In 1940, Jon Darrow, a man who has played many parts, returns to the world he once renounced. But faced with many unforeseen temptations, he fails to control his psychic powers. Corruption lies in wait for him, threatening his future as a priest.
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As a fan of Howatch's Starbridge series, I knew what to expect from this wonderful book and it did not disappoint! The highest compliment I can give to a narrator is that they are the wind beneath the wings of the story - not a distraction. The narration seemed flawless. The book itself? There's deft handling of dialogue from rich, fully drawn characters and an absorbing plot that fleshes out themes of personal spirituality, corporate religion, struggles with the flesh, and complicated human relationships. This book can stand alone, as all of Howatch's books may be read independently. Reading other books in the series (each narrated by a different character) gives eye opening perspective and incredible richness to Howatch's complex and fascinating world. The author wrote most of the series while living in view of the gorgeous, medieval Salisbury Cathedral in the Cathedral Close.This is a series I reread every couple of years when I begin to miss the characters - thankfully, now I can get some things accomplished while listening to these old favorites on my ipod! I highly recommend this title.
I was intrigued at first with this book. I was disappointed with it when it fianlly ended. The story is a narrative from a monk with the Church of England at the beginning of WWII, a time not often depicted in stories about monks. I soon found I was learning a great deal about the Church of England of modern times (I am old enough to see it as "modern"), but, as with most stories placed cloistered environments there was a clear definition of the characters to like and dislike, love and hate. While it felt formula-based, it was interesting all the same. Sometimes the narrator didn't seem genuine in some of the characters' statements, often inferring some attitude that I was not sure was intended. I found this a little distracting. But, as the story progressed it seemed to be taking a totally unexpected turn, moving from the monastery into the world so foreign to the 17-year monk. More interesting information about the way the Church functioned and how it reintroduced its isolated members into the traditional world. I was still enjoying it, but feeling like the story was getting lost a bit. Then the bad-buys became good-guys and the good drifted into the bad side, and it all became a little muddled. Clearly the author was well-versed in the Church and its willingness to care for its own, about modern psychologhy and even current views on metaphysical theories, although I am not convinced that these were applicable in the 1940's. However, the last 3rd of this very lengthy story just got lost. The author spent more time psychoanalyzing the characters, and the value of understanding and forgiveness than on resolving the conflicts in the story. I was actually relieved when the story ended, but then the narrator continued on with a monologue from the author. "Give it up ", I thought, and stopped the recording. I felt like the author or editors were either trying to justify the dismal twist of the story or convert their audience into some belief or another. I didn't not wait to see.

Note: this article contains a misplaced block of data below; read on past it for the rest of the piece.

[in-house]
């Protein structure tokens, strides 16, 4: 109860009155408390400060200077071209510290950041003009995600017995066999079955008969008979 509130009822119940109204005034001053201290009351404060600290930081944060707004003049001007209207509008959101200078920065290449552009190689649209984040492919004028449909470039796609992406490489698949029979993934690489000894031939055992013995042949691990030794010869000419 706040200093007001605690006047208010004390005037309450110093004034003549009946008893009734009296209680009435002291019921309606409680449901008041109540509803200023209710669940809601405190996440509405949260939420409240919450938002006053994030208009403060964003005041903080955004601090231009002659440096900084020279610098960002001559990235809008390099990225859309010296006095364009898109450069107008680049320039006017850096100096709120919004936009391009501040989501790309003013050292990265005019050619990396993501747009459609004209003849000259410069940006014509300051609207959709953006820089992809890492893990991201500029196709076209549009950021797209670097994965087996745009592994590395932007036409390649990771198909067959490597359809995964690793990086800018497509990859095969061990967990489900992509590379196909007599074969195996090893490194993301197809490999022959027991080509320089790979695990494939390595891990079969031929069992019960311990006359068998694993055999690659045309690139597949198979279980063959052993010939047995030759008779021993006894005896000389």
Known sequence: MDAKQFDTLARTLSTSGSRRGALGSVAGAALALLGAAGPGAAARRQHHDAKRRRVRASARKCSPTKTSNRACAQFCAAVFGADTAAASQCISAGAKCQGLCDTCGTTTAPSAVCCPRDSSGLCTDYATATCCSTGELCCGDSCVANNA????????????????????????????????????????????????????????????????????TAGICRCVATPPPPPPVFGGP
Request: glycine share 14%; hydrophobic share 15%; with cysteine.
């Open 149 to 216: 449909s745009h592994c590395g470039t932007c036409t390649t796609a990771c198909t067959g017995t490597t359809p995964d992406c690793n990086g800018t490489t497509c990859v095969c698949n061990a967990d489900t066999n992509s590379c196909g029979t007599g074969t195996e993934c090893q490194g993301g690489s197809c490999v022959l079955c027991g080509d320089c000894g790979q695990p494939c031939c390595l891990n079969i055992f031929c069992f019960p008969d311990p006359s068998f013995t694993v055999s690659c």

Personally, I'd not say this was a bad book. I came away feeling I had learned some bit more about a world otherwise foreign to me. I DID find myself agreeing with the author's overt lessons about listening, understanding, and forgiving others and oneself for perceived transgressions, and I did enjoy the voice of the narrator, if not his intrepretation of some of the dialogs. However, I also understand that for most readers, these are not necessarily good selling points. Based on the story alone, I found this book wonting. I was very disappointed, and if I were not almost obsessive about finishing books I have started, I probably would have gently set this one aside at the midpoint and moved on.
If you would like to learn more about the Church of England and how it is structured, or a bit more about charismatic healing and the connections between psychic healing, the Church and how Devine energy, focused energy, prayer and mysticism all interconnect (at least according to this author), this is a fine example. But, do not expect a strong story line. It simply is not there. Sorry.